#42 Bolivia: pickings of the manly man?

In my book, Bolivia earns some serious points just for the name of one of its national dishes, pique a lo macho. My Spanish is pretty rusty, but I think the (very) rough translation is something like “snacks like the macho” or “pickings of the manly man.” I’m pretty sure that the name comes from the fact that you need to be a big, badass dude to finish a plate of the stuff, especially if you’ve already warmed up with a few salteñas as appetizers.

nothing is more macho than fried hotdogs with fried cheese, fried potatoes, fried onions, and fried beef

Pique a lo macho consists of seasoned beef, fried onions, more fried beef, a few fried peppers and tomatoes, fried (mild, white) cheese, fried bits of hotdog, and fried potatoes, topped with a mildly spicy red sauce. It’s a perfect dish if you’re on a diet… well, at least if you’re on the Chub Load diet. Sunnyside’s Mi Bolivia, which seems to be NYC’s only established Bolivian restaurant, serves a monstrous plate of the stuff for $11; it might be enough to feed two manly men, depending on the size of those men.

My lovely dining companion—who is arguably somewhat less manly than I am—ordered revuelto de pollo ($11), described on the menu as “chicken with egg sauce.” I don’t think either of us were particularly excited about the thought of egg sauce, but the dish was actually a plate of eggs scrambled with chicken, diced

looks grey and lifeless and un-macho, but tastes delicious

potatoes, onions, tomatoes, and green peas. It was a deceptively tasty meal, even though it looked grey and lifeless; the revuelto de pollo reminded me of Ecuadorian mote pillo, which is among the best Latin foods I’ve eaten anywhere in NYC.

If the reviews on yelp are any indication, the real reason for Mi Bolivia’s popularity is its baked Bolivian empanadas (your choice of chicken or beef, $2 each), better known as salteñas. Bolivian salteñas are comparable to Chilean baked empanadas, except for two huge differences: salteñas are made from a much sweeter dough, and the filling is juicy as all hell; the Chilean beef and chicken empanadas are usually much drier. Mi Bolivia’s salteñas dripped all over our chins, but were obscenely delicious; my (somewhat un-macho) companion literally licked the juice off the plate while I pretended to look away.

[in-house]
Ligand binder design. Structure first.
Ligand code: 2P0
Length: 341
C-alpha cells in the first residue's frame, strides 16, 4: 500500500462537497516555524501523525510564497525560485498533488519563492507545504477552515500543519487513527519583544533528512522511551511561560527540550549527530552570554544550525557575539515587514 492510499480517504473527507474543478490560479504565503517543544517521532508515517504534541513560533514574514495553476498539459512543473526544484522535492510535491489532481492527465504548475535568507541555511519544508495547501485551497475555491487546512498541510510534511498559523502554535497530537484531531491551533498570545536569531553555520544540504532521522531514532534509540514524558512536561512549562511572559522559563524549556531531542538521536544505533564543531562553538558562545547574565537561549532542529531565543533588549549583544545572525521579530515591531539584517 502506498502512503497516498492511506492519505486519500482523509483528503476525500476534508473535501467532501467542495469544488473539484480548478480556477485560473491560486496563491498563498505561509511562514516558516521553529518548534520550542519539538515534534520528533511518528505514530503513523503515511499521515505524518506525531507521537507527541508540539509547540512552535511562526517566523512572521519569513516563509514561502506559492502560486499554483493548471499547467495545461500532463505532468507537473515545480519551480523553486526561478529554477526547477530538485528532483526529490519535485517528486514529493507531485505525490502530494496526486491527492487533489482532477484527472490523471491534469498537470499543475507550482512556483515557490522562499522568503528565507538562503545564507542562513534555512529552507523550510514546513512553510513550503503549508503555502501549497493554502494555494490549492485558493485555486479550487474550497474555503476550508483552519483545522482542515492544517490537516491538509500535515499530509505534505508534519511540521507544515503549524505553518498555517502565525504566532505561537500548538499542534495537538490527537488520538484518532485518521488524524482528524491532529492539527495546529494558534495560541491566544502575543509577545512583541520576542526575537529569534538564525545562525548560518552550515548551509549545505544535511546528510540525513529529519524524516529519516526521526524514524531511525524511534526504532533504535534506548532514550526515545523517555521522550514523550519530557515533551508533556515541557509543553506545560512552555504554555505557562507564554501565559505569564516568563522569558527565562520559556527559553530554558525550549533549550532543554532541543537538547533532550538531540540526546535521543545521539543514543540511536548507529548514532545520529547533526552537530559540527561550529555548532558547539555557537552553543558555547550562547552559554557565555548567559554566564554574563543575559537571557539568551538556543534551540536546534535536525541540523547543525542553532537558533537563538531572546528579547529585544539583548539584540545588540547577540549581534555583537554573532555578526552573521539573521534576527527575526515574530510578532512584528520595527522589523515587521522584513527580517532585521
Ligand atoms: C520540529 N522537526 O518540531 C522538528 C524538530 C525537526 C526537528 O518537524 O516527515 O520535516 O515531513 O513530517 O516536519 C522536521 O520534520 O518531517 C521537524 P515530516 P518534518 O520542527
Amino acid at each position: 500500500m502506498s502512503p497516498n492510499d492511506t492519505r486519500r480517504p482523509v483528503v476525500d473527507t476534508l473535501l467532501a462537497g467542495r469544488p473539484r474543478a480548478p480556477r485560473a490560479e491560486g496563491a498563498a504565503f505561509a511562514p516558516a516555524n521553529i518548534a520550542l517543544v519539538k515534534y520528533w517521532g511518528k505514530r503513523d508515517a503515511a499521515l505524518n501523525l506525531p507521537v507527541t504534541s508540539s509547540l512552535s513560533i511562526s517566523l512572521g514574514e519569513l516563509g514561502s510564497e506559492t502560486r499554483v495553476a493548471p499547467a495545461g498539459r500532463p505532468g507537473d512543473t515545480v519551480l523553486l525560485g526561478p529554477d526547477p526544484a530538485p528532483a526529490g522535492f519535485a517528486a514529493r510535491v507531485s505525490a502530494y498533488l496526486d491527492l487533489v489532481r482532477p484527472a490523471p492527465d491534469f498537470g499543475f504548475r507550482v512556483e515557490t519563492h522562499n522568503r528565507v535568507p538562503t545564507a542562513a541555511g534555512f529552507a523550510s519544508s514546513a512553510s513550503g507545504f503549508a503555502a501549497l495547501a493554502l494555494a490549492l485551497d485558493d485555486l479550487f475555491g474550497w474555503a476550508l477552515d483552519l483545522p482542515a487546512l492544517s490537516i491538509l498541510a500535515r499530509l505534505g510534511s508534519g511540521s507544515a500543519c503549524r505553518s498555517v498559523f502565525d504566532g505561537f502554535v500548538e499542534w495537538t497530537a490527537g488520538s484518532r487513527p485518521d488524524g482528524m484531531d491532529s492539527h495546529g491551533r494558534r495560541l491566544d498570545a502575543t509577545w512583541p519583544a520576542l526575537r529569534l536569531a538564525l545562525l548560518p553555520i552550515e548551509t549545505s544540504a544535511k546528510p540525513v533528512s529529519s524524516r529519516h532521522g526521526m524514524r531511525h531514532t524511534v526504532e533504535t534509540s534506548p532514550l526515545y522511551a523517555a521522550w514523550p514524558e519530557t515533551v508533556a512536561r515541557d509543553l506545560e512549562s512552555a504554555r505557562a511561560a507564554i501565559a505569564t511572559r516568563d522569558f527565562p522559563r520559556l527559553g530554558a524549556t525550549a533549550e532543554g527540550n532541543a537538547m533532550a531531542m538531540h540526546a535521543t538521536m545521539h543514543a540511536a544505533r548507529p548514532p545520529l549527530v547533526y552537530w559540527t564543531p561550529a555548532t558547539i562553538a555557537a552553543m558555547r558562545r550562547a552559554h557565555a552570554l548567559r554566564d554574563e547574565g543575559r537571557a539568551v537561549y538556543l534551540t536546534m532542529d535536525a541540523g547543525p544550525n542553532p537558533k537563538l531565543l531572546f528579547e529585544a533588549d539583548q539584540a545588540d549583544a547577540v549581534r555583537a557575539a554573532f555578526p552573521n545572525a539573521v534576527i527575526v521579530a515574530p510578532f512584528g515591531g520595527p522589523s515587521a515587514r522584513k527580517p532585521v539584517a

Of course, we didn’t have a snowball’s chance in hell at finishing all of the food we ordered; a pair of the salteñas alone could have made a reasonable lunch. In a rare appetite failure, I ate my share of the salteñas, guzzled a big glass of fresh passion fruit juice ($3, and highly recommended), and left most of the fried hotdogs and a few bits of French fries and beef and cheese and onions on my plate of pique a lo macho, delicious as it was. My belly was only macho enough to finish 2/3 of my entrée. You win, Bolivia.

Mi Bolivia on Urbanspoon

Mi Bolivia
44-10 48th Ave., Sunnyside, Queens
Subway: 46th-Bliss (7 train)

4 Responses to “#42 Bolivia: pickings of the manly man?”

  1. enlforever91 says:

    I would just like to let you know that Mi Bolivia is not the only Bolivian restaurant in Queens. There is also Cumbre Restaurant in Woodside and El Picante Restaurant in East Elmhurst.

    I invite you to please go try them! Sorry but no saltenas but each restaurant has their own specialty. Good luck.

  2. Thank you for mentioning the other Bolivian spots! After I wrote this post, I discovered Cumbre, and really should have corrected my mistake in the post… my bad. Thank you setting me straight! Will try to check out El Picante as well.

  3. mepnosis says:

    “pique” comes from “picante” which means spicy, so a more accurate translation of “pique a lo macho” would be “spicy for a manly man” or something to that effect. this dish usually comes with slices of “locoto” which is bolivia’s hot pepper, mexico has jalapenos, bolivia has locotos.

  4. Thank you for the comment! I didn’t realize that the dish was supposed to come with slices of locoto…! Good to know for next time. And the Bolivian Spanish lesson is always very welcome.

Leave a Reply